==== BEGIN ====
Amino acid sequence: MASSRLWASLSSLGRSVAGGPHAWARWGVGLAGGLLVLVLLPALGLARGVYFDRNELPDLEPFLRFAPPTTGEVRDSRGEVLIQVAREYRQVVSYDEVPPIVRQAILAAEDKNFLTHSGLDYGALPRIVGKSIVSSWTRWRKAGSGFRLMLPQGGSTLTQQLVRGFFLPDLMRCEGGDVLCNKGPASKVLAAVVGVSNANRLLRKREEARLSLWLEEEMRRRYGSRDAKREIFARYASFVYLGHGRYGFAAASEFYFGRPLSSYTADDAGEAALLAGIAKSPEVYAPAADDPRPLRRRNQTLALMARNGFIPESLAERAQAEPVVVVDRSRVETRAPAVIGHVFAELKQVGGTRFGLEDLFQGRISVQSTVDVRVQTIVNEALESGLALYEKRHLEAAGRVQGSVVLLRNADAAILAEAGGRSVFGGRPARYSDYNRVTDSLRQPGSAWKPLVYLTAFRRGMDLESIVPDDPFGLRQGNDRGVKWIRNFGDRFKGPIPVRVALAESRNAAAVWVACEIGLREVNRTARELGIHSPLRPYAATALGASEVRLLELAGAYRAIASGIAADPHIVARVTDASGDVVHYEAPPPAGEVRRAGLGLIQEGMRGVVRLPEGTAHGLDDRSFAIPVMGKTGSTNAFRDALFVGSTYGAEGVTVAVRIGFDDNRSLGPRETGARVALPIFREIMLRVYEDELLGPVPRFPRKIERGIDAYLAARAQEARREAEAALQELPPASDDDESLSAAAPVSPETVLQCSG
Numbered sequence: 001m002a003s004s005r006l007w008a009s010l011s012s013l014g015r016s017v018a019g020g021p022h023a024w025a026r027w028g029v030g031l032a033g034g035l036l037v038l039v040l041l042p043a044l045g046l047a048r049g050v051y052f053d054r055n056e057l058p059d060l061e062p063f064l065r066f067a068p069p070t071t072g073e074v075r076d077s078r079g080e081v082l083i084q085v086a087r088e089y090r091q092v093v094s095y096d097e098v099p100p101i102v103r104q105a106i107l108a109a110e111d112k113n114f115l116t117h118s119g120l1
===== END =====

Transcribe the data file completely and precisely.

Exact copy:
Amino acid sequence: MASSRLWASLSSLGRSVAGGPHAWARWGVGLAGGLLVLVLLPALGLARGVYFDRNELPDLEPFLRFAPPTTGEVRDSRGEVLIQVAREYRQVVSYDEVPPIVRQAILAAEDKNFLTHSGLDYGALPRIVGKSIVSSWTRWRKAGSGFRLMLPQGGSTLTQQLVRGFFLPDLMRCEGGDVLCNKGPASKVLAAVVGVSNANRLLRKREEARLSLWLEEEMRRRYGSRDAKREIFARYASFVYLGHGRYGFAAASEFYFGRPLSSYTADDAGEAALLAGIAKSPEVYAPAADDPRPLRRRNQTLALMARNGFIPESLAERAQAEPVVVVDRSRVETRAPAVIGHVFAELKQVGGTRFGLEDLFQGRISVQSTVDVRVQTIVNEALESGLALYEKRHLEAAGRVQGSVVLLRNADAAILAEAGGRSVFGGRPARYSDYNRVTDSLRQPGSAWKPLVYLTAFRRGMDLESIVPDDPFGLRQGNDRGVKWIRNFGDRFKGPIPVRVALAESRNAAAVWVACEIGLREVNRTARELGIHSPLRPYAATALGASEVRLLELAGAYRAIASGIAADPHIVARVTDASGDVVHYEAPPPAGEVRRAGLGLIQEGMRGVVRLPEGTAHGLDDRSFAIPVMGKTGSTNAFRDALFVGSTYGAEGVTVAVRIGFDDNRSLGPRETGARVALPIFREIMLRVYEDELLGPVPRFPRKIERGIDAYLAARAQEARREAEAALQELPPASDDDESLSAAAPVSPETVLQCSG
Numbered sequence: 001m002a003s004s005r006l007w008a009s010l011s012s013l014g015r016s017v018a019g020g021p022h023a024w025a026r027w028g029v030g031l032a033g034g035l036l037v038l039v040l041l042p043a044l045g046l047a048r049g050v051y052f053d054r055n056e057l058p059d060l061e062p063f064l065r066f067a068p069p070t071t072g073e074v075r076d077s078r079g080e081v082l083i084q085v086a087r088e089y090r091q092v093v094s095y096d097e098v099p100p101i102v103r104q105a106i107l108a109a110e111d112k113n114f115l116t117h118s119g120l1